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As we made the final push of the day, over the hill and down into Glen Mazeran, we stopped and turned around to look back at the impressive West coast hills, only to realise that we had walked from there only 4 days ago. This was the first time that we really felt the scale of the challenge we had undertaken.

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Our campsite in Glen Mazeran

The sun woke us up early the next day, making it too hot to stay in the tent, but we took our time to enjoy our breakfast before heading off for the day.  Jessica’s ankle pain had not eased off overnight as much as we had hoped, but as we slowly passed a number of challengers, who had dotted themselves throughout the glen and were still packing up their tents, the views down Glen Mazeran did well to distract us slightly from the worry and in Jessica’s case, the pain. We then headed NE along farm tracks; the fields either side were full of different types of birds including lapwings, oyster catchers and possibly a snipe, then we turned south for a long climb up to the trig point on Carn Dubh Ic an Deoir. Along the way we met up with an American family from Alabama who were also on the challenge. We were all finding the steep ascent, as well as the heat, pretty tough when Steve Jackson, the dad, said “one step at a time, that’s all we can do” simple but true words that would stay with me for the rest of our challenge.

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Air those feet

There was a small matter of an electric fence to navigate as we descended towards the red bothy (aptly named with its red roof). After we crossed the surprisingly dry peat hags, we picked up another land rover track leading to the bothy. The land rover track is usually the annoying hard slog at the end of our mountain days, but we had now fully embraced it as a friend, that was until a steep downhill section became a problem. Jessica’s ankle had finally eased off and was not causing much of a problem now. However, the downhill had caused the pain to move to her knee but fortunately we arrived at the bothy before the pain became worse, and found a rather nice camping spot on a beach close to the River Dulnain just below the bothy.

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Heading down to the Red Bothy

Once the tent was up and dinner had been eaten, we were able to enjoy the rest of the evening being warmed by the gradually lowering sun. One thing we learned on our trip was that TGO life is a simple life, and lying down in the grass watching the clouds go by, all the while being in the mountains and away from any distractions, was a wonderful way to spend our evening.

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Another cracking morning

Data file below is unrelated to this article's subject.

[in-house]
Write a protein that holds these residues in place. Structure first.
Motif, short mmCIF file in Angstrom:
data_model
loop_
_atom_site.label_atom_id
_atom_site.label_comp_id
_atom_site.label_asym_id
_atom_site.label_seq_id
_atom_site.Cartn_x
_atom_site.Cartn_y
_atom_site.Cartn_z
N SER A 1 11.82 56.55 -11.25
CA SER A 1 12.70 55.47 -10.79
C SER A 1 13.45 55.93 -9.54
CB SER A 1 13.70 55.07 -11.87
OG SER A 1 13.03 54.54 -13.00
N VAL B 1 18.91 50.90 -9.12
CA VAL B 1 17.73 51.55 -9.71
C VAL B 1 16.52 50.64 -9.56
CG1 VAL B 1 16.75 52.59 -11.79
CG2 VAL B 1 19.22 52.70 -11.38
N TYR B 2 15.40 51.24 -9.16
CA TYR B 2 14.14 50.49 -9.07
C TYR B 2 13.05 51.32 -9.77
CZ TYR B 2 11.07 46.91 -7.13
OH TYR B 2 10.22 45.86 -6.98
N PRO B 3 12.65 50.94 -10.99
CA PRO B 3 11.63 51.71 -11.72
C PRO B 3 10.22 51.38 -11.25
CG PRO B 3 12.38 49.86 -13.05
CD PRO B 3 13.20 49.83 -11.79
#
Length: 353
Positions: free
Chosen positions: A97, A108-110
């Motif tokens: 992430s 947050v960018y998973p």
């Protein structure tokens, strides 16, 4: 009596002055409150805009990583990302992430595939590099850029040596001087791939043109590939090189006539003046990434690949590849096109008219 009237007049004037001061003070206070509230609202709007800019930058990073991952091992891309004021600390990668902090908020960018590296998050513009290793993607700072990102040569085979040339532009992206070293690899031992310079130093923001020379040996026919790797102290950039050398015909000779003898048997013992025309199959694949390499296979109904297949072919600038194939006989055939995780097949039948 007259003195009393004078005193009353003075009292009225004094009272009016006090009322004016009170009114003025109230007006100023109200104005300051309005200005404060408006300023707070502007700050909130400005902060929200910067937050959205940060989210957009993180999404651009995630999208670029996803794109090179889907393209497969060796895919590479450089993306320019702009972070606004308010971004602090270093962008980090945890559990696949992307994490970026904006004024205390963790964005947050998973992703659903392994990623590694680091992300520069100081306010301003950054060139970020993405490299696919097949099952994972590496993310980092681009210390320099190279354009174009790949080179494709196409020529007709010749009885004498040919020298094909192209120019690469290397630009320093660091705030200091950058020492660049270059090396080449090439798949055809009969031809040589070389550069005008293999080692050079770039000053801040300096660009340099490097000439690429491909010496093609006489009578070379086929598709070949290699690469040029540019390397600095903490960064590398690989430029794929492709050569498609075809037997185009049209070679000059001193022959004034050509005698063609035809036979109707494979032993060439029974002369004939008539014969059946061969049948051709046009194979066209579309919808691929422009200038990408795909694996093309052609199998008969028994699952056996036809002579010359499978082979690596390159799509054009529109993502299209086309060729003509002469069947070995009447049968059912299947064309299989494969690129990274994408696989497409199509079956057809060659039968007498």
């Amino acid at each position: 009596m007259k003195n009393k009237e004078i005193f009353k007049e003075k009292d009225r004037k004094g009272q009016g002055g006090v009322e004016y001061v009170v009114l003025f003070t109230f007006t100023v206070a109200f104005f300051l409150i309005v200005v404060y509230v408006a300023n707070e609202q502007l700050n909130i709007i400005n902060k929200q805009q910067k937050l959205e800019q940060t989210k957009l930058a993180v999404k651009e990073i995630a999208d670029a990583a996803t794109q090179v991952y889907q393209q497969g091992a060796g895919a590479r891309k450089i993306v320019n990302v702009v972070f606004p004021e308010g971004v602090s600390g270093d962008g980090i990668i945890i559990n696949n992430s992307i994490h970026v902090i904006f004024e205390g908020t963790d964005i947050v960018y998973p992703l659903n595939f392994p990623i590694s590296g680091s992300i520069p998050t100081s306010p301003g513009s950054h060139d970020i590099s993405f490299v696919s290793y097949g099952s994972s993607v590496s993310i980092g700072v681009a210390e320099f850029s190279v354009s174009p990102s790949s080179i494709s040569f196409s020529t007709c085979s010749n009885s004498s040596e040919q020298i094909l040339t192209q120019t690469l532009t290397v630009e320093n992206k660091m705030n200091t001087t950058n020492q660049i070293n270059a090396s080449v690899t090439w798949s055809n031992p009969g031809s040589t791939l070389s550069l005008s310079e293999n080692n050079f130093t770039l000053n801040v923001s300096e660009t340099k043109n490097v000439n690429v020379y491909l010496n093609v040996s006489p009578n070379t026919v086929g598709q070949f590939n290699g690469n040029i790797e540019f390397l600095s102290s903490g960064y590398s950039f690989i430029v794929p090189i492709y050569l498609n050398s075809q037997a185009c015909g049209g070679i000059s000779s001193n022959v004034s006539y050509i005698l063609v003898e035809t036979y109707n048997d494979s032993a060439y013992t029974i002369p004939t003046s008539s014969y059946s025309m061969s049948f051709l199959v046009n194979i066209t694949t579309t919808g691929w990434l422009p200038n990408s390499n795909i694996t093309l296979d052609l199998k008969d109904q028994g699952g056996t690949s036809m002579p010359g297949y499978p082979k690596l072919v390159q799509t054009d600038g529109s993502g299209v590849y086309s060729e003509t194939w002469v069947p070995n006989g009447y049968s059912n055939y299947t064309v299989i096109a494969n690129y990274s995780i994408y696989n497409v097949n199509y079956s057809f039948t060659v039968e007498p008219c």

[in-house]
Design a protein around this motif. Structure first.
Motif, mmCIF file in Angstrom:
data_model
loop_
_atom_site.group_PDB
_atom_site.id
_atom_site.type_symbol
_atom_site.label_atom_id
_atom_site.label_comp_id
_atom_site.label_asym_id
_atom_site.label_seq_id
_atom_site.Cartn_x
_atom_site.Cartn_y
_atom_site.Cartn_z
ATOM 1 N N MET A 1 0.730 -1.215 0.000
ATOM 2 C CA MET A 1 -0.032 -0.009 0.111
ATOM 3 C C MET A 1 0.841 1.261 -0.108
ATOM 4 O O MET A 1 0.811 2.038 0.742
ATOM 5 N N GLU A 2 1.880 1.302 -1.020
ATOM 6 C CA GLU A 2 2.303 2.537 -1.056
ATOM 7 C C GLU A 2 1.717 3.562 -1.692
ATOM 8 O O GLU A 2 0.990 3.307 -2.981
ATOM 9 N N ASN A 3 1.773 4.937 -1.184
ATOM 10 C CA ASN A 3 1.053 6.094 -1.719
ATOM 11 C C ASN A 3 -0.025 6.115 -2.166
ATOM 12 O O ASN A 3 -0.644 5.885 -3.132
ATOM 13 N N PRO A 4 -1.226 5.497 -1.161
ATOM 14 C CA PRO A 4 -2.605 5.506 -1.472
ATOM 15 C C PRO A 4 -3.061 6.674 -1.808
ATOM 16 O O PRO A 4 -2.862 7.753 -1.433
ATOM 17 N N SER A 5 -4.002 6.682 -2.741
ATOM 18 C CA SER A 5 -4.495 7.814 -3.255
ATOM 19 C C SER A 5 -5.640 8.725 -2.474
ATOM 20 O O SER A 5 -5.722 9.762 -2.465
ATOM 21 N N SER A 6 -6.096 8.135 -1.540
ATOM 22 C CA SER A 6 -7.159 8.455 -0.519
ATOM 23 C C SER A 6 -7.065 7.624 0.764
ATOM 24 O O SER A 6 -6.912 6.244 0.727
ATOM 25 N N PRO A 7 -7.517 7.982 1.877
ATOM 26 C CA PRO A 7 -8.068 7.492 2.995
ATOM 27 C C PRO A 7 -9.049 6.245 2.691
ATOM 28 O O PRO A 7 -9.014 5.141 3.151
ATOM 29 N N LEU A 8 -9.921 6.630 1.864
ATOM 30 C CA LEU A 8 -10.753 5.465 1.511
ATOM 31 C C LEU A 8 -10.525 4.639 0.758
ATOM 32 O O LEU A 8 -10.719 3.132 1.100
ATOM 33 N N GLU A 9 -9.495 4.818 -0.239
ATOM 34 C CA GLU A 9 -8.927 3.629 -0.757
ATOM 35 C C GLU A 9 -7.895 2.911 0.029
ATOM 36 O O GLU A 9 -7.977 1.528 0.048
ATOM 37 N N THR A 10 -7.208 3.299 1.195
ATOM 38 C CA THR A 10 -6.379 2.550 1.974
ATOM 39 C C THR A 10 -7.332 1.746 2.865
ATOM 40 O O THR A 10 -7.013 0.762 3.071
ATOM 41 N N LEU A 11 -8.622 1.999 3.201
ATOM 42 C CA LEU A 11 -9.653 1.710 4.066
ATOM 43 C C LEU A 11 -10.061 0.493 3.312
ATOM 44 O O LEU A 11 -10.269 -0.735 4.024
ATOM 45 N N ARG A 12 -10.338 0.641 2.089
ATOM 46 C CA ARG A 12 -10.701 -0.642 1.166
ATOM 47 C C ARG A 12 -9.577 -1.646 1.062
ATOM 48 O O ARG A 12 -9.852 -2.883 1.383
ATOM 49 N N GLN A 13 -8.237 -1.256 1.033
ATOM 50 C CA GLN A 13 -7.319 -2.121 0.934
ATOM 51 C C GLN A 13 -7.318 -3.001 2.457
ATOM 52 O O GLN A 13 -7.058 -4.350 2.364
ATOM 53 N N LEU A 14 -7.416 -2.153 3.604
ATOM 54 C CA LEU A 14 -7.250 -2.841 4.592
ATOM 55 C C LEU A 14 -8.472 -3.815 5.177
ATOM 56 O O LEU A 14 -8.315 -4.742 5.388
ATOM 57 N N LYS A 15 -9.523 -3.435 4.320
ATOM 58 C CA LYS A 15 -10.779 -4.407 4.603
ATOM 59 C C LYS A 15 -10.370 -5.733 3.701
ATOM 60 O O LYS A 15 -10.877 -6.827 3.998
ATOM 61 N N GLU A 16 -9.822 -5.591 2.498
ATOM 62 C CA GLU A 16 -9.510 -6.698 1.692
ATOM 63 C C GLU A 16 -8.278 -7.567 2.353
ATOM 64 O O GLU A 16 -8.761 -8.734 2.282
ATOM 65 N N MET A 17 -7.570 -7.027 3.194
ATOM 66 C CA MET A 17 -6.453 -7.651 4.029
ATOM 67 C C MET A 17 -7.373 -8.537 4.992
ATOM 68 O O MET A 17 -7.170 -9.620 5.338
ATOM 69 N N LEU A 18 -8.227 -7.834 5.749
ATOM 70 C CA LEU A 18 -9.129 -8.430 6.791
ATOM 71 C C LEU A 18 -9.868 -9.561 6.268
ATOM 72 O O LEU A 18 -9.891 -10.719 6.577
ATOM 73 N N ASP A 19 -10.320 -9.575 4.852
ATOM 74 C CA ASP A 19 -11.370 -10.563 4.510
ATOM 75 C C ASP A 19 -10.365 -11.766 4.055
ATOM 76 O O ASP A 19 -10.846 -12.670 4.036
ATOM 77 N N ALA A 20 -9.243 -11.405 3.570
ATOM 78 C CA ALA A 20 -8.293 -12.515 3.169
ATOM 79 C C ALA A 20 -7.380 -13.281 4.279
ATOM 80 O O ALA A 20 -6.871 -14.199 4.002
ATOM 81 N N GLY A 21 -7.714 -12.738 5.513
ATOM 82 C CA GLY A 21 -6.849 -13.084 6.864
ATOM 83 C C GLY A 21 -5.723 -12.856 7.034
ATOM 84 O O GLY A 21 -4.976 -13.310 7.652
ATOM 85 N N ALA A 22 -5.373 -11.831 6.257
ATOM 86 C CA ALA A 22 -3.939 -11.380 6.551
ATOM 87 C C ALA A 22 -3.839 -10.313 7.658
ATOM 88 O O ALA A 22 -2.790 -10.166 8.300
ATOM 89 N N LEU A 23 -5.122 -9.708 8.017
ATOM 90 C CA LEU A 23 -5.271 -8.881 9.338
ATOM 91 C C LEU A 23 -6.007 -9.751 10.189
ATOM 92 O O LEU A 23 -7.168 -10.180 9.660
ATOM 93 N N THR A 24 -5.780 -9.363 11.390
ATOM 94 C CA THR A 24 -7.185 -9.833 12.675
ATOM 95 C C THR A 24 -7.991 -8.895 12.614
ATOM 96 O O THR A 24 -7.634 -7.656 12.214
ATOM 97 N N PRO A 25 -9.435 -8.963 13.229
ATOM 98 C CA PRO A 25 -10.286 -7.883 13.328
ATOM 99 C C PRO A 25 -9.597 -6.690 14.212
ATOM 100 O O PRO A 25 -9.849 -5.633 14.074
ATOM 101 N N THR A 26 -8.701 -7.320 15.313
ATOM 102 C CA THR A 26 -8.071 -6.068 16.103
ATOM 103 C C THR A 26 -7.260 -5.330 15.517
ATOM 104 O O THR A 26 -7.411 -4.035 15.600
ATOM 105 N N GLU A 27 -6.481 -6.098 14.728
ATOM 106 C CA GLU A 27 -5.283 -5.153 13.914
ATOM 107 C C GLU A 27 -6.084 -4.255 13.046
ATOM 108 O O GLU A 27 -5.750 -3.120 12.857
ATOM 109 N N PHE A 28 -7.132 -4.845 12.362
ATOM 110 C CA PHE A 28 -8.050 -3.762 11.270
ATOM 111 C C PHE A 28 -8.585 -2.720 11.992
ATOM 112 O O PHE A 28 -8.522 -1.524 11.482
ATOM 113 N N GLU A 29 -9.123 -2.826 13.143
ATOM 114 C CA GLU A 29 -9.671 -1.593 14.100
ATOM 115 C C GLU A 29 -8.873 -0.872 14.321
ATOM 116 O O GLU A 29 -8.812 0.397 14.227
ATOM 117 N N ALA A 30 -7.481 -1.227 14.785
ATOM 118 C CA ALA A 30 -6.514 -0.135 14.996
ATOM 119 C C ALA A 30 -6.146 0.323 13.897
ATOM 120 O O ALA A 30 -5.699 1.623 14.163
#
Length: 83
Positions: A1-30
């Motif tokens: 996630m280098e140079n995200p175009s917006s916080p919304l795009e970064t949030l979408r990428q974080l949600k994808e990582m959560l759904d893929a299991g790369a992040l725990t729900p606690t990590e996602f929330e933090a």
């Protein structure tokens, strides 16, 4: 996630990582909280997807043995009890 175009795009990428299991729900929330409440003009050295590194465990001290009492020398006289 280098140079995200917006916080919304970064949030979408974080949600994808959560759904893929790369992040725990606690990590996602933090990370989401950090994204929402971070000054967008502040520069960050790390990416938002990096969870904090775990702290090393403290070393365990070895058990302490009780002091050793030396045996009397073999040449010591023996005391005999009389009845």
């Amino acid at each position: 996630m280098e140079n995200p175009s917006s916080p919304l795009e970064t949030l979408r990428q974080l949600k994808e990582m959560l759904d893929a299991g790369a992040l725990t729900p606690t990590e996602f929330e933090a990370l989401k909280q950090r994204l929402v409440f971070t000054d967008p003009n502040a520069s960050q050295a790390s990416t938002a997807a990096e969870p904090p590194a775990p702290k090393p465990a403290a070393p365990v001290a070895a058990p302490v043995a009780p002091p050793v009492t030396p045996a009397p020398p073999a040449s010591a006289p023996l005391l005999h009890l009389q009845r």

Aviemore was only 12km away but there were still some obstacles in the way: the so-called Burma Road, a long and intimidating track over a bealach and down to Lynwilg, and the heart-pumping crossing of the A9! The pain in Jessica’s leg made for a steady walk over the hill, stopping occasionally for feet airing and snacks. It was another very hot but clear day so we were treated to some spectacular views of the northern corries and the rest of the northern Cairgorms. As we came into Lynwilg we were very happy to find some cake in a little hut, alongside some pig food and an honesty box for money, with all the proceeds going to the children who made the cake. We had our cake and watched the pigs who were definitely after some. We did not get them any pig food. Sorry piggies.

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The Burma Road stretching into the distance. 

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Looking over to the Northern Cairngorms.

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Some tasty treats inside

 

It was a lovely walk through birch woodland as we descended the glen, and crossing the A9 was not as hair-raising as it could have been. It had been a painful descent though and although we had reached the safety of the Aviemore Backpackers Lodge and had a delicious pint of beer in hand, knowing that there was still a long way to go, I could not help but think that our challenge attempt was in jeopardy.

Day 4: Drumnadrochit to Glen Mazeran –  26km + 3km from hostel to ferry port (12 hours including a 40 minute ferry)

Day 5: Glen Mazeran to Red Bothy – 19km (8 hours)

Day 6: Red Bothy to Aviemore – 12km (7 hours)

 

Jessica and Chris’ TGO Challenge Part 1: Shiel Bridge to Drumnadrochit

Our TGO Challenge began at 8.50am on Saturday 12th May at the Kintail Lodge Hotel at Shiel Bridge.